Should we be surprised by John Wayne's racist and homophobic views? | Caspar Salmon | Film Dusting itself off after the excitement of Liam Neeson’s racist meltdown, the film world has settled on its next talking point, an old interview of John Wayne, recently dug up, in which the actor is revealed to have been racist and homophobic. ¡Escándalo! In the interview with Playboy magazine from 1971, the actor born Marion Morrison states, among other things “I believe in white supremacy” and calls Midnight Cowboy “a story about two fags”. In one sense, revisiting Wayne’s views is important: we should be mindful to revise and decolonise the film canon, and it’s essential to reassess cinema’s heroes in the light of our shifting politics. On the other hand, it’s possible to feel a certain weariness about a new right-on mindset finding fault with, of all people, John Wayne. John Wayne is wholly synonymous with movie rightwingery, for his films and his extracurricular activities.

Truffaut : la critique à l’état furieux En plus de donner à relire les analyses de films publiées par François Truffaut au cours de sa carrière de journaliste, ce recueil donne à découvrir un véritable art de la critique cinématographique. L'expression de « critique à l’état furieux » est due à Roger Nimier, qui décrivait ainsi les écrits publiés par François Truffaut durant sa période de journaliste et de critique de cinéma. Elle apparaît dans un article où le critique littéraire saluait son confrère critique de cinéma, afin de relever que ce dernier ne cherchait pas à s’accorder avec les goûts de ses collègues ou du « gros public » , et qu’il avait su remarquer, entre autres, que l’évolution du goût du public témoignait d’une grande exigence, puisqu’avant la guerre on « allait au cinéma » alors que dans son présent (les années 50), on allait désormais « voir un film ». Un idéal éthique On peut rendre compte d’un tel ouvrage en s’appuyant sur les différentes sciences humaines (sociologie, sémiologie, études critiques, etc.).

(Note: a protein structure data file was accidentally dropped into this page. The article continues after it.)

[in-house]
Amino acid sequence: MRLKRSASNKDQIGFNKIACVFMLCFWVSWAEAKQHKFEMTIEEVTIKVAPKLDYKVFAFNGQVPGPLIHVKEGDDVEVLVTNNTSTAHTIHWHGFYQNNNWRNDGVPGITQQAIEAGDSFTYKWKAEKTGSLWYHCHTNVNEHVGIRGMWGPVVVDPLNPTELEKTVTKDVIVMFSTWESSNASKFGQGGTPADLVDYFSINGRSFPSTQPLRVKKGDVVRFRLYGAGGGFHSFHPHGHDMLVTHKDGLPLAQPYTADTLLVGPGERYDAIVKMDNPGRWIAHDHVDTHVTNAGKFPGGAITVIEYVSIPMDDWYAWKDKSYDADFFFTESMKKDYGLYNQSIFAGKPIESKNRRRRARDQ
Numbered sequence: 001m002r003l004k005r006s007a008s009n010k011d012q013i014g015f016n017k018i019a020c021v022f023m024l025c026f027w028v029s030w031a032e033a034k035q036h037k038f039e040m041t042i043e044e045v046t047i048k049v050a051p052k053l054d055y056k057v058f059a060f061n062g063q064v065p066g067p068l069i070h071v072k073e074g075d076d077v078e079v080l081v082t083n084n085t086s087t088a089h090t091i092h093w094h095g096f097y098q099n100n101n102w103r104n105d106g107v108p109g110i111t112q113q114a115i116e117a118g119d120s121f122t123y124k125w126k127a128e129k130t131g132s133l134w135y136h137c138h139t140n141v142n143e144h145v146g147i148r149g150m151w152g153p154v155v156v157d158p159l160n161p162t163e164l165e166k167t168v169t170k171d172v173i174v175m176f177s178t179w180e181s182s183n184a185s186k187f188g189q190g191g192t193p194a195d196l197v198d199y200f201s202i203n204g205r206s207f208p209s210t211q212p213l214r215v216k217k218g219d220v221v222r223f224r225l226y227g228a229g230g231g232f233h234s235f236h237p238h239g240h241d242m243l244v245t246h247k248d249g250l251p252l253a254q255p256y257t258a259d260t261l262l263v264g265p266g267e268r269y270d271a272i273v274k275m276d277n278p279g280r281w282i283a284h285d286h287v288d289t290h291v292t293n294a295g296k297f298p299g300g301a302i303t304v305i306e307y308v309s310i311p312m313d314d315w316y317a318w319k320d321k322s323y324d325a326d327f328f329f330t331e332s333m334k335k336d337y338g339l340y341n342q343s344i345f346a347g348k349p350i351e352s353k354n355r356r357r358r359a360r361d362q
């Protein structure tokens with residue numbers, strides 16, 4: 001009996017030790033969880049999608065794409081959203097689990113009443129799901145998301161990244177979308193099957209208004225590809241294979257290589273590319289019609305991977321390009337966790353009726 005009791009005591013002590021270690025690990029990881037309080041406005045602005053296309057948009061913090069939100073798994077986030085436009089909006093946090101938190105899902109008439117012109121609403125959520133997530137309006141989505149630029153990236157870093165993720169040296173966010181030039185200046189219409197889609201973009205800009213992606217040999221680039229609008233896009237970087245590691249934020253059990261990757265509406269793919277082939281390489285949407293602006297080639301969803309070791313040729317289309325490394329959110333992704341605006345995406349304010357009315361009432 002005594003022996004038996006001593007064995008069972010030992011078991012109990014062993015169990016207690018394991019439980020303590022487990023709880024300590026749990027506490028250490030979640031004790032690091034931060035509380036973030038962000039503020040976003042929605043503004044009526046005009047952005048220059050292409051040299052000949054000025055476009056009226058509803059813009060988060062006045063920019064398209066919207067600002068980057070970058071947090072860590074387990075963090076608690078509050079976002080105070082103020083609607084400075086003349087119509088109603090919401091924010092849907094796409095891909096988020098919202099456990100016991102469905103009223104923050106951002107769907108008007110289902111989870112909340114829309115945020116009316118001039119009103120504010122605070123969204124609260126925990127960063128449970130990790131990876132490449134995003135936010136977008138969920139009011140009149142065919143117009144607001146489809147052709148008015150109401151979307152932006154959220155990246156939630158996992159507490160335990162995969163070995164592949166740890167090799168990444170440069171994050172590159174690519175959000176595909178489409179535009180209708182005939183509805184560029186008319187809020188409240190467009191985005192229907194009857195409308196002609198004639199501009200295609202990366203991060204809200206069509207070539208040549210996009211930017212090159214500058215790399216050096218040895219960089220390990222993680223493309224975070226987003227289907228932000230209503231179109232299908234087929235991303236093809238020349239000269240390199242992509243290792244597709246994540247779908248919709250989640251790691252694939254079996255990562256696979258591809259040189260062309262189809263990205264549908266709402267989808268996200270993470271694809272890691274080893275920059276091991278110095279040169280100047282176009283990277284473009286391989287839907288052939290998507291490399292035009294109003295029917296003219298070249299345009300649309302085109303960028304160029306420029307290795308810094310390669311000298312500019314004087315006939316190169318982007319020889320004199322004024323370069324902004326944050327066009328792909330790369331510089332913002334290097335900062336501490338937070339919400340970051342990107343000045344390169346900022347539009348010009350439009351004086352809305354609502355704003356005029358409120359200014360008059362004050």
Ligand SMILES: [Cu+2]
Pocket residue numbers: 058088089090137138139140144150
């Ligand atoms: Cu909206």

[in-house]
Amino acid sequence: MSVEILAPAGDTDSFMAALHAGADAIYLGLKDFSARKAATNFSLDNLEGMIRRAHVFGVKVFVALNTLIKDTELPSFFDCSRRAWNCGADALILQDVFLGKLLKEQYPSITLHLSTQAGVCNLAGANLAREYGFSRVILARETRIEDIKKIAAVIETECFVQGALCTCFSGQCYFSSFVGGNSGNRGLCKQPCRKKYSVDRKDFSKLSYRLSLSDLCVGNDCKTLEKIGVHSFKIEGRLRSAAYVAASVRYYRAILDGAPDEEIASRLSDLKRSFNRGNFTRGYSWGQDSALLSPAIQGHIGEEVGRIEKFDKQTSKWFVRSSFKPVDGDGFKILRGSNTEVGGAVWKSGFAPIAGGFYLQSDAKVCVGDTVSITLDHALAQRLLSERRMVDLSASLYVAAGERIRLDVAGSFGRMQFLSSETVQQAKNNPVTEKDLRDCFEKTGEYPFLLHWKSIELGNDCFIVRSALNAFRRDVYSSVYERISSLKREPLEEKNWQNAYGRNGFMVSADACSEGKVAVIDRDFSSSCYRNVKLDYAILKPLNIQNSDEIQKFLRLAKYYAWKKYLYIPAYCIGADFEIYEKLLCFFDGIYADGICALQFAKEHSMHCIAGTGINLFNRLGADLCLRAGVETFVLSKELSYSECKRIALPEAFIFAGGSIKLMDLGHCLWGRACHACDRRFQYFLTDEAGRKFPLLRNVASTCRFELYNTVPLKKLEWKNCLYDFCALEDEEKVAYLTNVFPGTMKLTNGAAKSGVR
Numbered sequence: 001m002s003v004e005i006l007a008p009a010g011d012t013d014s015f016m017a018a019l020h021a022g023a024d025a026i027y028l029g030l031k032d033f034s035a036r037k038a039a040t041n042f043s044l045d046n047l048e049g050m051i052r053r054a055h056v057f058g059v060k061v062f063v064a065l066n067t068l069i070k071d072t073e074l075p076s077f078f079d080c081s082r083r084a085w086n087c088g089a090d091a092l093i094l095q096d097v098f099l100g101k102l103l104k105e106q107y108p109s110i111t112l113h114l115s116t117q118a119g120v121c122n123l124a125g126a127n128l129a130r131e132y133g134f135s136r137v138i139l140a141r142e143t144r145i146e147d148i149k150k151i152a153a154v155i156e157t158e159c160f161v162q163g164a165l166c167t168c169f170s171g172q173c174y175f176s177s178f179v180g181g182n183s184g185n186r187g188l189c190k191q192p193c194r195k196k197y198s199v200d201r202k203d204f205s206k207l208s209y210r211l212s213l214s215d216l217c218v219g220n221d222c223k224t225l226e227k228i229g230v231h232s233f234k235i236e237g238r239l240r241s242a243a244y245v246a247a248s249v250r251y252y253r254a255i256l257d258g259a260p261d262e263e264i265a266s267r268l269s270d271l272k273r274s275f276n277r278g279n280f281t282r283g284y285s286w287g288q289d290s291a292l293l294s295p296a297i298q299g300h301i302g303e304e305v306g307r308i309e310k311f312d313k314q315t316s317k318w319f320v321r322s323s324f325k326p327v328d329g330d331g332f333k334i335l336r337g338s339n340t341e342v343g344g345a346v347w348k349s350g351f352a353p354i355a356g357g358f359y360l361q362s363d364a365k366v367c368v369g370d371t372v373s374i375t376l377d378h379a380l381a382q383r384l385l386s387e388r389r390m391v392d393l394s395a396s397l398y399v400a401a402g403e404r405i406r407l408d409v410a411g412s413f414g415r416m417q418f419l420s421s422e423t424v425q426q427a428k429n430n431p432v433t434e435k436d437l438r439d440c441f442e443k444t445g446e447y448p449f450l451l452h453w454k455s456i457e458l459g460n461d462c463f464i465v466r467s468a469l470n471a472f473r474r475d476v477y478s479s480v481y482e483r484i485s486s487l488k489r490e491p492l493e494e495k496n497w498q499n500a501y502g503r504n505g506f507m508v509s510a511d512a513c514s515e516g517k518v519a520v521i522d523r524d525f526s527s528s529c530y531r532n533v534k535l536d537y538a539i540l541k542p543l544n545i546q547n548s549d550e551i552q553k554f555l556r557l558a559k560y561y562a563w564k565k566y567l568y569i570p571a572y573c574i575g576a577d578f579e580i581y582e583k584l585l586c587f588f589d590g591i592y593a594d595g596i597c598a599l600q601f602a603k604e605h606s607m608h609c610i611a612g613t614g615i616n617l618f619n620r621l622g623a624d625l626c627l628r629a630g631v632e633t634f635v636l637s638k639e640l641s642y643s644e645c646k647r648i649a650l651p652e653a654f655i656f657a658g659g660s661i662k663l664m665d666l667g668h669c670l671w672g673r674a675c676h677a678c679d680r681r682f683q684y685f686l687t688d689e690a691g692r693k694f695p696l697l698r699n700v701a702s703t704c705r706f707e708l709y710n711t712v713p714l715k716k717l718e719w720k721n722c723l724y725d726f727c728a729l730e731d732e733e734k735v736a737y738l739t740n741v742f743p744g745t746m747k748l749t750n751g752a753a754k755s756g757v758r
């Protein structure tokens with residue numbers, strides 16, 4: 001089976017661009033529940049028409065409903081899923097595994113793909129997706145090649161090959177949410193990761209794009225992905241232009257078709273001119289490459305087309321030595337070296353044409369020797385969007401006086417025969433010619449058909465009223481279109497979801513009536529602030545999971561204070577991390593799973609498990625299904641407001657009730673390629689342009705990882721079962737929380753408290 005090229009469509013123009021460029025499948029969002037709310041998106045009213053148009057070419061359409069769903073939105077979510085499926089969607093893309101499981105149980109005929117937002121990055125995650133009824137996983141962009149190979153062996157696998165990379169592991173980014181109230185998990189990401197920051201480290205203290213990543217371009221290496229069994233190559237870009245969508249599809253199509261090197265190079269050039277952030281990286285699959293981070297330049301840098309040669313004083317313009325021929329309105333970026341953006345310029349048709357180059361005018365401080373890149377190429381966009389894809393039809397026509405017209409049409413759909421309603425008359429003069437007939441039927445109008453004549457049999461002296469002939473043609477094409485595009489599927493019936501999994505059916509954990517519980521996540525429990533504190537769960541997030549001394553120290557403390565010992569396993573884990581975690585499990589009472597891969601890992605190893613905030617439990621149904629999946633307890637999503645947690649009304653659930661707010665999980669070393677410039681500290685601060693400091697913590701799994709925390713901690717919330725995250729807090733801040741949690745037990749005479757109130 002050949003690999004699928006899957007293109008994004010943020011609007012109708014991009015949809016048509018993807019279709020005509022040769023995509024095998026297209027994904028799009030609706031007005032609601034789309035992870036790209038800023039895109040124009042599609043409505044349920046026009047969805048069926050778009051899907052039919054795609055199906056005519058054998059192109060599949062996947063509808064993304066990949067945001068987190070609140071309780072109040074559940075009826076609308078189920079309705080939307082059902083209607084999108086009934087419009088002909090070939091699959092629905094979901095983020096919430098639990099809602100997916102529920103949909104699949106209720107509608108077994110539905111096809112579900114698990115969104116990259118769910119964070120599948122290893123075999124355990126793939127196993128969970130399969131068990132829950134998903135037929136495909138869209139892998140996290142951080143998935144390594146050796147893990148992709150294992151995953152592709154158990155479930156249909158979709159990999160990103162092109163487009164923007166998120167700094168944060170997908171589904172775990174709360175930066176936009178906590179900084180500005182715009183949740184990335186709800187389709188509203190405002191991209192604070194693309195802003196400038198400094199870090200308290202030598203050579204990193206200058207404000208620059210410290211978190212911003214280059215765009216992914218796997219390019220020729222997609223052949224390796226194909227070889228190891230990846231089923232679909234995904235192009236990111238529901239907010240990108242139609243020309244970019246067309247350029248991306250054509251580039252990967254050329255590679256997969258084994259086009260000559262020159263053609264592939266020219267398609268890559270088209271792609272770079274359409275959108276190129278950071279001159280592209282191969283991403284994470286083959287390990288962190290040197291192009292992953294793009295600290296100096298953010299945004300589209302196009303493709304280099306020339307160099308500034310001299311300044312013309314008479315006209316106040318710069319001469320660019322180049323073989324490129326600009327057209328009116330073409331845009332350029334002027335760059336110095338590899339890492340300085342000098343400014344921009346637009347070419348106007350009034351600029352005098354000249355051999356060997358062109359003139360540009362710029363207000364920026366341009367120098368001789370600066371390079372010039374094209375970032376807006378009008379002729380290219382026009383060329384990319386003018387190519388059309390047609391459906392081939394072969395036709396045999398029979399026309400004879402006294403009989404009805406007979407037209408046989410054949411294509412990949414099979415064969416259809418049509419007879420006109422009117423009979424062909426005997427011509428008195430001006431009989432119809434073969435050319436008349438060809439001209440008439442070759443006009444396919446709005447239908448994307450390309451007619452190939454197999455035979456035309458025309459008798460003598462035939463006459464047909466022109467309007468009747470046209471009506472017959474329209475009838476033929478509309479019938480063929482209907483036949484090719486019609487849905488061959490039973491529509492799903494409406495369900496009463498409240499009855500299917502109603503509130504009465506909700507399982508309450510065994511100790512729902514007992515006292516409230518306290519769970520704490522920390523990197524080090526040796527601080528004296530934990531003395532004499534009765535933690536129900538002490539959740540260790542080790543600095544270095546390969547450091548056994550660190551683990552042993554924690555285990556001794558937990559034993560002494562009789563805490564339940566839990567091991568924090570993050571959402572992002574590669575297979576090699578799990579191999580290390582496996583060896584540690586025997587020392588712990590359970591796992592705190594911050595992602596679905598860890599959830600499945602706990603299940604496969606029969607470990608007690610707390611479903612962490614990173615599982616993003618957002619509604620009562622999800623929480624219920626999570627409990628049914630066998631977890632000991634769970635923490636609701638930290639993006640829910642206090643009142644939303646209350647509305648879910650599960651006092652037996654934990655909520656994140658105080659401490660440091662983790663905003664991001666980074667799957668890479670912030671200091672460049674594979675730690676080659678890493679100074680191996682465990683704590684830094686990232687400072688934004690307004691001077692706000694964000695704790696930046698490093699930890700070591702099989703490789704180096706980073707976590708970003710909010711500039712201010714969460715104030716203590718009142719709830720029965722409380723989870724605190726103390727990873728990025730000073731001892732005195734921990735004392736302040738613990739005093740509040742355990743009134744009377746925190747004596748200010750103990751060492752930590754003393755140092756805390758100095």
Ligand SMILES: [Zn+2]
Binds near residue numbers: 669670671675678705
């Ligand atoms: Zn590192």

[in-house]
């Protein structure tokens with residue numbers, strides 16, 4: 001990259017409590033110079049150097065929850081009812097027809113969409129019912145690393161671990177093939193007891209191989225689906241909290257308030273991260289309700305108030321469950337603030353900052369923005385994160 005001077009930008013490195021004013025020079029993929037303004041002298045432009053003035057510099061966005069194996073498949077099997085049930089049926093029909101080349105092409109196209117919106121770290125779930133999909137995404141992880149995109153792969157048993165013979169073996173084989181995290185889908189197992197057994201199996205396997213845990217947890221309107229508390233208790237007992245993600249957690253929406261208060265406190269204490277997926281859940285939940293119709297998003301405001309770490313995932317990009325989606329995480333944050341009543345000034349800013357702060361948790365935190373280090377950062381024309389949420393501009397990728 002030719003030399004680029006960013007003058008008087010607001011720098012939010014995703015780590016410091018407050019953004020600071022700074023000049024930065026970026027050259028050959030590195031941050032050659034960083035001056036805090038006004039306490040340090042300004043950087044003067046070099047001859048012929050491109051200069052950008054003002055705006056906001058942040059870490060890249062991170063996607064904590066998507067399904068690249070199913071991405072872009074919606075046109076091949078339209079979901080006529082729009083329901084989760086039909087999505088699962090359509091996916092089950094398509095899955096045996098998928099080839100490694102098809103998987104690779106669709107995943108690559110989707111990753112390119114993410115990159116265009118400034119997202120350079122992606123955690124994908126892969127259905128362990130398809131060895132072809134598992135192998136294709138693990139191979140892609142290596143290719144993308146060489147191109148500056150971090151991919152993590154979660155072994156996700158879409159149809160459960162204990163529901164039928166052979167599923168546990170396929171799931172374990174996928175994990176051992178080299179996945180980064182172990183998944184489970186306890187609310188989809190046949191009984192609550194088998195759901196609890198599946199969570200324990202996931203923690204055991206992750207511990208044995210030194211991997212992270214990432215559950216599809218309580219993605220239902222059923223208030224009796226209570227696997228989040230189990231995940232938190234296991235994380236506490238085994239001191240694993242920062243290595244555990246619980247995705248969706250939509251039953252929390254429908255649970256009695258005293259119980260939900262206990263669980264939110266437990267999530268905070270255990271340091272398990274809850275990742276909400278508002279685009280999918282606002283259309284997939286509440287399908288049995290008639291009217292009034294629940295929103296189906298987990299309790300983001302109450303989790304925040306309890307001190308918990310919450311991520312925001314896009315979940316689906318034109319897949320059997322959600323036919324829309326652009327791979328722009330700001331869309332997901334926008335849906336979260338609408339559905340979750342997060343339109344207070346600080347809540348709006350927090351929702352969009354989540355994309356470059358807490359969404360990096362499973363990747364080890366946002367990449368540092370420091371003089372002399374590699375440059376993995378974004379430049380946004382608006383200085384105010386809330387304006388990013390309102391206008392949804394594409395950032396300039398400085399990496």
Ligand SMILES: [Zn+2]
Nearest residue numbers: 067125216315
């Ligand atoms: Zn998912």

Il a osé ! Fin de Seance - Analyse et critique cinéma Film semiotics Film semiotics is the semiotics of film; the study of signs as they pertain to film on a variety of levels. Early semioticians of film[edit] Ricciotto Canudo – Italian writer working in the 1920’s, identified “language-like character of cinema”.[1] Louis Delluc – French writer, working in the 1920’s, wrote of the ability of film to transcend national language.[1] Vachel Lindsay – referred to film as “hieroglyphic language” [1] Bela Balazs – Hungarian film theorist who wrote about language-like nature of film from the 1920’s to the 1940’s.[1] Russian Formalism (1910s to the 1930s)[edit] Yury Tynyanov was a Russian writer and literary critic. Eichenbaum and Tynyanov had different approaches to interpreting the signs of film. Structuralism and Post-structuralism (1950s – current)[edit] The film-language concept was explored more deeply in the 1960’s when post-structuralist thinkers started to criticize structuralism. Umberto Eco – Italian novelist and semiotician Important and Notable Works[edit]